In a landmark Judgment, the Bombay High Court on 2nd November 2018 held that establishment of any medical practitioner (including hospitals, dispensary, clinic, polyclinic, maternity home and such other that employ 10 or more persons shall come under the purview of the Maharashtra Shops and Establishment Act, 2017.
The previous Bombay Shops and Establishments Act, 1948 was initially applicable to shops and “commercial establishments”. However, in the year 1977, the State Government of Maharashtra amended the Bombay Shops and Establishments Act, 1948 with a view to including all professionals, including medical practitioners, within the ambit of the Bombay Shops and Establishments Act, 1948.
When Government of Maharashtra introduced the Maharashtra Shops and Establishments (Regulation of Employment and Conditions of Service) Act, 2017 the new Act categorically included doctors and hospitals in the definition of “establishment” which is only applicable to medical practitioners and their establishments if they employ 10 of more employees.
Nagpur-based surgeon Dr Pradeep Arora had challenged the new Act saying it is not applicable to a medical professional on the ground that it violates Article 19(1)(g) of the Constitution of India that relates to freedom to practice a profession or to carry on any occupation or business beyond legislative competence. Arora contended that considering the earlier Supreme Court and high court orders, inclusion of the medical profession and establishments in the definition of the term “establishment” in the new Act is liable to be struck down.
In this case, the Bombay High court took the view that the provisions of the new Act are designed after careful consideration. The old Bombay Shops and Establishments Act, 1948 used the term “commercial establishment” whereas the Maharashtra Shops and Establishment Act, 2017 removed the term “commercial”, and thus explicitly covered the non-commercial establishments including charitable establishments employing ten or more persons.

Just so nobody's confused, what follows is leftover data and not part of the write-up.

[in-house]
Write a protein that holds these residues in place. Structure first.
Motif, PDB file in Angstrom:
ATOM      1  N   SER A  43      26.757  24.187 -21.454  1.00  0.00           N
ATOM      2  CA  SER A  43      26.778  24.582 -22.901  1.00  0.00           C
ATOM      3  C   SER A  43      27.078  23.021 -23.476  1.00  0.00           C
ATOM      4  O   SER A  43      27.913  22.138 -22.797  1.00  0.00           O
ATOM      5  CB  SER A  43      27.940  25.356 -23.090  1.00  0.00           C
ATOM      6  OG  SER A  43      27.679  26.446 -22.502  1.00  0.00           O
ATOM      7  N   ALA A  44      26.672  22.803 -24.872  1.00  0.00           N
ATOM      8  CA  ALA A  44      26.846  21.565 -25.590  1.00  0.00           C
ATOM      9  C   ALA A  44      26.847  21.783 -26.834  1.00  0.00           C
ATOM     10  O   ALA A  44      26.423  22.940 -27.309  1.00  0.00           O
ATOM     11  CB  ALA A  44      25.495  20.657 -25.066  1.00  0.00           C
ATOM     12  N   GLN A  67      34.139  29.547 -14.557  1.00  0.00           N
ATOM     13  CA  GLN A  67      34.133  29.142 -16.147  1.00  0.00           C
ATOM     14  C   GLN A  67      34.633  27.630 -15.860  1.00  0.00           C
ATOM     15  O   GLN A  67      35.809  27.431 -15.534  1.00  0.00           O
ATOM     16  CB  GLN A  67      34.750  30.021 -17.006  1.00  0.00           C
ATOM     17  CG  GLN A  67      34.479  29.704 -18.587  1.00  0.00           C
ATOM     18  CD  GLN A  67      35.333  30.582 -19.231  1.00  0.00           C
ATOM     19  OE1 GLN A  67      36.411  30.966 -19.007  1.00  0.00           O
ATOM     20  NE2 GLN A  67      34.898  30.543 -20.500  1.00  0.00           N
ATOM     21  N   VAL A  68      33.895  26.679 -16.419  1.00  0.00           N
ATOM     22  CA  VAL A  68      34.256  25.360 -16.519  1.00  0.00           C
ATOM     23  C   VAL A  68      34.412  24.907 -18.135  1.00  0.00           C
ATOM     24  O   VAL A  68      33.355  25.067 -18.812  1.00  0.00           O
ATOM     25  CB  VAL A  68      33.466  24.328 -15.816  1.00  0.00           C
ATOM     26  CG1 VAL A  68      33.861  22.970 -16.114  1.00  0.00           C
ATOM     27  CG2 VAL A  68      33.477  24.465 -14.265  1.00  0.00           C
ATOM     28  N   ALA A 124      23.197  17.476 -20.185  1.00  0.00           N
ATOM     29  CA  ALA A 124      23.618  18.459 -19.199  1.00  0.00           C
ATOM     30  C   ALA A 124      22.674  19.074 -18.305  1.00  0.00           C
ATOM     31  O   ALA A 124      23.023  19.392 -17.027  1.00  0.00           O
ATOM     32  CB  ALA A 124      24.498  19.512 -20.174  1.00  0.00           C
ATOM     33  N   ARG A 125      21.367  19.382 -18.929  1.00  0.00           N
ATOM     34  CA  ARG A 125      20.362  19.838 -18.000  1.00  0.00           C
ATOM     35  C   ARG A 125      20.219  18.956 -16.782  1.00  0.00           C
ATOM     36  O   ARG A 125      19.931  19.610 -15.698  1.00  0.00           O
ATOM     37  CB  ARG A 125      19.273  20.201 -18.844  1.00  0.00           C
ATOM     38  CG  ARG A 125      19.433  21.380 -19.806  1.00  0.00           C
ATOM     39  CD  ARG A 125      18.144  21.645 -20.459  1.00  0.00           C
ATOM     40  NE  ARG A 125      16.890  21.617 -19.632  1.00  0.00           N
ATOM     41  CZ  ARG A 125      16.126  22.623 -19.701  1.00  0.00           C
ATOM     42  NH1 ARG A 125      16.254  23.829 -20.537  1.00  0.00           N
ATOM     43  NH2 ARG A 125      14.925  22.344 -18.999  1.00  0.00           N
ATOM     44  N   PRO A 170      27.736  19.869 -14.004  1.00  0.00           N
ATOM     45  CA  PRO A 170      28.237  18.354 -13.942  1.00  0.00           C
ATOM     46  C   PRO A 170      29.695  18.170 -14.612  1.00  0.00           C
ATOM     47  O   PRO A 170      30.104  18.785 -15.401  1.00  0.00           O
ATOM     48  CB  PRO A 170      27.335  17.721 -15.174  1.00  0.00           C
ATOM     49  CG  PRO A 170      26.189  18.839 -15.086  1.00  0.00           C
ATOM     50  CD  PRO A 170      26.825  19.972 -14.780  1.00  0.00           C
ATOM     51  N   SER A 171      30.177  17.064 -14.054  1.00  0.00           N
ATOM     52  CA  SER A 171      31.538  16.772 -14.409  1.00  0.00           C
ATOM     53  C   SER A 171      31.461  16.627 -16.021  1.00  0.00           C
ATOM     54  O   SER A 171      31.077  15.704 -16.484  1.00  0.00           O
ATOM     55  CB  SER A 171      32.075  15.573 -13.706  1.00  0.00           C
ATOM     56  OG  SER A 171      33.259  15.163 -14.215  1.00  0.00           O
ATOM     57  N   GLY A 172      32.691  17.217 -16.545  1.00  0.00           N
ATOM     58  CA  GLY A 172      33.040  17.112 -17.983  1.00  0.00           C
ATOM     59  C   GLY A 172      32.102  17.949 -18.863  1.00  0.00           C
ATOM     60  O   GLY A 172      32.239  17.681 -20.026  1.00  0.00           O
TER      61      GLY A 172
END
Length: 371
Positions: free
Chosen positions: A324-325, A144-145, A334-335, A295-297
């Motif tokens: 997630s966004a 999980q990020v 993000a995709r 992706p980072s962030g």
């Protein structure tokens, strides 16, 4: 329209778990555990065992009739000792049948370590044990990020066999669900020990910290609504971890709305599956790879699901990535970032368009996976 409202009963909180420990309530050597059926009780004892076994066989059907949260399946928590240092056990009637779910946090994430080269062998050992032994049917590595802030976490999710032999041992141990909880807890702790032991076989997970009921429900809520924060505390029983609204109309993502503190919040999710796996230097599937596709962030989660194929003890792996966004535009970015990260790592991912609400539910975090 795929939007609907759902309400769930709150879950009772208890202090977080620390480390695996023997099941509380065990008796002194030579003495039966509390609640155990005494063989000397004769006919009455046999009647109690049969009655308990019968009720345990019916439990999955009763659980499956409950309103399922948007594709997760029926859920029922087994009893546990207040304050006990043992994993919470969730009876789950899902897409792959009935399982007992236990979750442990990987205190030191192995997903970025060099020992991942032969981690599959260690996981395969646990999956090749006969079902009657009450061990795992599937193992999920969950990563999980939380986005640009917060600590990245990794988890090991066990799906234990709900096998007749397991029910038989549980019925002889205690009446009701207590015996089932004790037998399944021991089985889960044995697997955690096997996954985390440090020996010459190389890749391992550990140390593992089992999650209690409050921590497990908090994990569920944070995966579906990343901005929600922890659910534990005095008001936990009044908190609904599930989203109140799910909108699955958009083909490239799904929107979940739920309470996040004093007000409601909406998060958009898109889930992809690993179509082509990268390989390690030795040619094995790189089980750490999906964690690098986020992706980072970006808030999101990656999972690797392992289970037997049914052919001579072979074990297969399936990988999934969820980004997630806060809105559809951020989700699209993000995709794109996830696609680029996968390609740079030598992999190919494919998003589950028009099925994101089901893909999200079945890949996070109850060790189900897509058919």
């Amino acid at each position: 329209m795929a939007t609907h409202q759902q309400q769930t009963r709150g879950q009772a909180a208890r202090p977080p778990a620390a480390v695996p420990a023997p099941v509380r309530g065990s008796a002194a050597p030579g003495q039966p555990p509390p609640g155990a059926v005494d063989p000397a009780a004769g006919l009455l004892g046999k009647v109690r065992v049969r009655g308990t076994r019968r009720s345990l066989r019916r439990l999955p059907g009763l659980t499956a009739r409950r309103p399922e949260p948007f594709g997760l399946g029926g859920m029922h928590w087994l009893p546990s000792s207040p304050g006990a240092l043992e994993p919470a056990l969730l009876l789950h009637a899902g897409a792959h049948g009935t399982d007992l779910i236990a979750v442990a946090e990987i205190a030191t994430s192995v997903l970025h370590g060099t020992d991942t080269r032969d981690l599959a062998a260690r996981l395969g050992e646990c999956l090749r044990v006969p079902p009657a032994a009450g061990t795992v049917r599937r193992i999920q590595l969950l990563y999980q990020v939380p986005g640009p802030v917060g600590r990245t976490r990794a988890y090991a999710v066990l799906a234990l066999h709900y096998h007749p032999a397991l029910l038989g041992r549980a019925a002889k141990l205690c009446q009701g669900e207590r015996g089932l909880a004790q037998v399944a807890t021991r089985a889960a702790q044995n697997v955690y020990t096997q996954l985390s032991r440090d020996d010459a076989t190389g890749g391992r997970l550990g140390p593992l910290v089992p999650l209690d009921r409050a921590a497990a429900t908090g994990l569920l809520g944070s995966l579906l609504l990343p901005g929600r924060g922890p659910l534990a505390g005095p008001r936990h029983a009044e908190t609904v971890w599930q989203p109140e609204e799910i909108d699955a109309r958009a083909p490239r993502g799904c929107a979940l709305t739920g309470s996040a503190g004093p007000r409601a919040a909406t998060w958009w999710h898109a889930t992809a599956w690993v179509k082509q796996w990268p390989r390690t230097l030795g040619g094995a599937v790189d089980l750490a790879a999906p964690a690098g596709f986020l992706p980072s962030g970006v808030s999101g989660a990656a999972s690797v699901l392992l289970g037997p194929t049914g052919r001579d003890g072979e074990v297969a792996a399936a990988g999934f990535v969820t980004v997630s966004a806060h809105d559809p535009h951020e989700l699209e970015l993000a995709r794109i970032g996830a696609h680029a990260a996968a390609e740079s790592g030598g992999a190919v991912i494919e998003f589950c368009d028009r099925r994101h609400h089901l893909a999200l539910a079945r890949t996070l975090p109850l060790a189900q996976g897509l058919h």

The Court also considered that if activity carried out in cooperation amongst all the partners in the establishment to render services to the community, it is covered by the definition of “establishment” under Section 2(4) of the new Act. Whether the establishment is running for profit gain or not is of no consequence. Again, while formulating the definition of an establishment, care is taken to include the establishment of a medical practitioner, architect, engineer, accountant, tax consultant or any other technical or professional consultant. The criteria for applicability are 10 or more employees. So, covering a category of establishment by a labour welfare legislation does not violate the freedom to practice a profession or trade guaranteed by the Constitution of India.
Thus, the Judgment has validated that medical practitioners, clinics, polyclinics, maternity homes, hospitals and dispensaries employing less than ten persons are exempt from applicability of this act. And if they employ more than 10 employees must register under this Act and comply with all the provisions of the Act.